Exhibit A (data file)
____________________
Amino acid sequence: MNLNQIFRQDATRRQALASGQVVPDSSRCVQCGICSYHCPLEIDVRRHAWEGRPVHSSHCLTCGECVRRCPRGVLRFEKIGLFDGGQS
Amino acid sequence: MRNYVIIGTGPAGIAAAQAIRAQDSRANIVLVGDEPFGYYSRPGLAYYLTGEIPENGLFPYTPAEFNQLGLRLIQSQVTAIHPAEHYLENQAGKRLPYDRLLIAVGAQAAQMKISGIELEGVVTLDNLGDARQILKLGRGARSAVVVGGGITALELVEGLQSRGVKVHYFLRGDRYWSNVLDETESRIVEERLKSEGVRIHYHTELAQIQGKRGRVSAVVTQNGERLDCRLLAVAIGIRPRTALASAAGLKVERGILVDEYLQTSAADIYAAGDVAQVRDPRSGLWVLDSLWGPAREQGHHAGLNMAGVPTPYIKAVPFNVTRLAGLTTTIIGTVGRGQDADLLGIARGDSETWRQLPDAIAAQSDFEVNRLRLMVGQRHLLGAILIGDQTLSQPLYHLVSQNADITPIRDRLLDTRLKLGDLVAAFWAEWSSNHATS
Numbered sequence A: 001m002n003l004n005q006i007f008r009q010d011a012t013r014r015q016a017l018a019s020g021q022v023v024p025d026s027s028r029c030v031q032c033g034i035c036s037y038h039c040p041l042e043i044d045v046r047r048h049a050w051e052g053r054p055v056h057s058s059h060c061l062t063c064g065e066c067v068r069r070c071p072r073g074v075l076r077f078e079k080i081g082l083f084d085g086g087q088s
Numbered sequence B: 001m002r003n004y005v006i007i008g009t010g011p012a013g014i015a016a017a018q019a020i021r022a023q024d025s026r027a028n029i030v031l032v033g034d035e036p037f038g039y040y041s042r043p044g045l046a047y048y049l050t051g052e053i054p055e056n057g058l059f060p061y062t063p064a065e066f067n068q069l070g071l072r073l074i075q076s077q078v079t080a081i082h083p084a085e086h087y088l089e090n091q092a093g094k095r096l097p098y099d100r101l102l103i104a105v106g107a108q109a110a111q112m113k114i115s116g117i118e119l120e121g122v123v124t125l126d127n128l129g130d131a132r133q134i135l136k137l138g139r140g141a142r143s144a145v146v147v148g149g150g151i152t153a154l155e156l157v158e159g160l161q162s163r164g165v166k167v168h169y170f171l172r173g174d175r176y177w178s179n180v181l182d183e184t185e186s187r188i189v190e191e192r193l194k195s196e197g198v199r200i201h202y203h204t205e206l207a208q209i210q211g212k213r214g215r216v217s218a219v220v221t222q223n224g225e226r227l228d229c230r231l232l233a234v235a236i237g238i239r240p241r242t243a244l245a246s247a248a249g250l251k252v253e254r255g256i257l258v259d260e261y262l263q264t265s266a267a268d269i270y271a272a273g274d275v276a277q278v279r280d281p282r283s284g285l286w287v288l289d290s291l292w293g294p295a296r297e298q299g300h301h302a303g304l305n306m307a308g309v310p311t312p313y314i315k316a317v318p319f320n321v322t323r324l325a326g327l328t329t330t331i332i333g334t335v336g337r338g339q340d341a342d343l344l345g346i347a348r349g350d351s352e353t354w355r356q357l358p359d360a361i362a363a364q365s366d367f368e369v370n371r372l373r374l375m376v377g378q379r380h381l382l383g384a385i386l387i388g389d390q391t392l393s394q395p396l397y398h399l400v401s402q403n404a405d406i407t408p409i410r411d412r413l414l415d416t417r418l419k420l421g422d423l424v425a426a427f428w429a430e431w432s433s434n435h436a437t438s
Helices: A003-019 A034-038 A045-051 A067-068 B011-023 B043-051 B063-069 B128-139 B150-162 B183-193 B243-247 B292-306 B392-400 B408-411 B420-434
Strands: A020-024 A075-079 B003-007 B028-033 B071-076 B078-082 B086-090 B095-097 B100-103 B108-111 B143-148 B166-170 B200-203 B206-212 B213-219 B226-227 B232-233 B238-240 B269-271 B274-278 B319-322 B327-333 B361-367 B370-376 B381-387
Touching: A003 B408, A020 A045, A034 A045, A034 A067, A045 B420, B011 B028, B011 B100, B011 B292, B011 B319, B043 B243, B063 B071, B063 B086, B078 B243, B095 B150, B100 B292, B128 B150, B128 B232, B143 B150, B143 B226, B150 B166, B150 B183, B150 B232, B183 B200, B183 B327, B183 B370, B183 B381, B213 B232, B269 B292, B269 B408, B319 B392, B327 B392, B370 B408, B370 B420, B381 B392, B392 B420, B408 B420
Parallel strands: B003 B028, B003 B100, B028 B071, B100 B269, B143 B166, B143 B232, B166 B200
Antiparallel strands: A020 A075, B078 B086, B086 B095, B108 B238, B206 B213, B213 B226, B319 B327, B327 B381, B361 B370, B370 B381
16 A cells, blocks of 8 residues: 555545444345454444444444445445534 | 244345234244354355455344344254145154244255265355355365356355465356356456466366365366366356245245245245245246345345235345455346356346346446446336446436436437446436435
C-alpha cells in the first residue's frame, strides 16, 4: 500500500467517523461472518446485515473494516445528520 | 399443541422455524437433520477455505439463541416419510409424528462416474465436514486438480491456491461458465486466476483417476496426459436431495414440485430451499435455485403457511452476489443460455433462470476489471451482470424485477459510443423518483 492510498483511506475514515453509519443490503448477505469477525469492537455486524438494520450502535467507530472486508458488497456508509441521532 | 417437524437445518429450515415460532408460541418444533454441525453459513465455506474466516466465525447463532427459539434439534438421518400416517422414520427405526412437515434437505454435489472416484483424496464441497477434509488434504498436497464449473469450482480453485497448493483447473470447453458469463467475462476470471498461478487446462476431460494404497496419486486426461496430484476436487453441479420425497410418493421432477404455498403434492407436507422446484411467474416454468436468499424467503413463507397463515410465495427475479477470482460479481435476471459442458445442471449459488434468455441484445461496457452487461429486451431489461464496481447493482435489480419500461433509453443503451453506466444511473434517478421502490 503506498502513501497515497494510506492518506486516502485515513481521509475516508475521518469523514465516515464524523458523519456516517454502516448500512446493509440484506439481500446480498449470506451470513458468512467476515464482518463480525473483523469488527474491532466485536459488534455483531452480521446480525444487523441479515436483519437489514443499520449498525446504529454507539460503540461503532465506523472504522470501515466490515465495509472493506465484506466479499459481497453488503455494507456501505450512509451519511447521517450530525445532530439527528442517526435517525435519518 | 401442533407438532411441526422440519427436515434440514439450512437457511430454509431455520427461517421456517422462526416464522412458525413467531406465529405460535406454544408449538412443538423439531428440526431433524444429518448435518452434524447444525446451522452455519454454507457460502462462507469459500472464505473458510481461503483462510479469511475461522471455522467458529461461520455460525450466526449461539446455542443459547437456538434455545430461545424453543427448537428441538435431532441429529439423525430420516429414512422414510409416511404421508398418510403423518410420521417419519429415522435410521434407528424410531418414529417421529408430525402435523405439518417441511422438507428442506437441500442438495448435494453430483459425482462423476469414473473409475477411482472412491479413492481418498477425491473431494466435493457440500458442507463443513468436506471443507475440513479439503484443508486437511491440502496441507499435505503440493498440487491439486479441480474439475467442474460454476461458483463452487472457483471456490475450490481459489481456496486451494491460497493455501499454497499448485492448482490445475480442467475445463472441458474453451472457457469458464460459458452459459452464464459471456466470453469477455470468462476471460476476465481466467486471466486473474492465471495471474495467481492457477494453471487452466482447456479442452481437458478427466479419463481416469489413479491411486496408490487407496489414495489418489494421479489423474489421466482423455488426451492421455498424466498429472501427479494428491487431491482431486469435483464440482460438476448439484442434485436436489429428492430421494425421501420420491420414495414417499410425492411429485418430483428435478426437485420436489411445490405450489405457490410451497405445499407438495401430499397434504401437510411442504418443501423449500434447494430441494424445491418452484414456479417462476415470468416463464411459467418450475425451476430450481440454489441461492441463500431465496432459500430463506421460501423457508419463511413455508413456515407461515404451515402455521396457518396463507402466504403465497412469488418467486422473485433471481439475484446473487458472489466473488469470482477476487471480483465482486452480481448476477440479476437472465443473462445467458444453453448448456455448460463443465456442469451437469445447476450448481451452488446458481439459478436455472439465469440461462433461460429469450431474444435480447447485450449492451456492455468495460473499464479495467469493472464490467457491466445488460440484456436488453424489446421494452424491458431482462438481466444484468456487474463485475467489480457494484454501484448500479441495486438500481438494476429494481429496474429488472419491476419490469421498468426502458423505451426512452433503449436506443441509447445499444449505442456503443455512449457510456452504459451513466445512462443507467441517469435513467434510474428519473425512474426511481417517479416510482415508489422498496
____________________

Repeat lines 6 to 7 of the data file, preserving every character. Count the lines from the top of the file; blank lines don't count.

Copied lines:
Strands: A020-024 A075-079 B003-007 B028-033 B071-076 B078-082 B086-090 B095-097 B100-103 B108-111 B143-148 B166-170 B200-203 B206-212 B213-219 B226-227 B232-233 B238-240 B269-271 B274-278 B319-322 B327-333 B361-367 B370-376 B381-387
Touching: A003 B408, A020 A045, A034 A045, A034 A067, A045 B420, B011 B028, B011 B100, B011 B292, B011 B319, B043 B243, B063 B071, B063 B086, B078 B243, B095 B150, B100 B292, B128 B150, B128 B232, B143 B150, B143 B226, B150 B166, B150 B183, B150 B232, B183 B200, B183 B327, B183 B370, B183 B381, B213 B232, B269 B292, B269 B408, B319 B392, B327 B392, B370 B408, B370 B420, B381 B392, B392 B420, B408 B420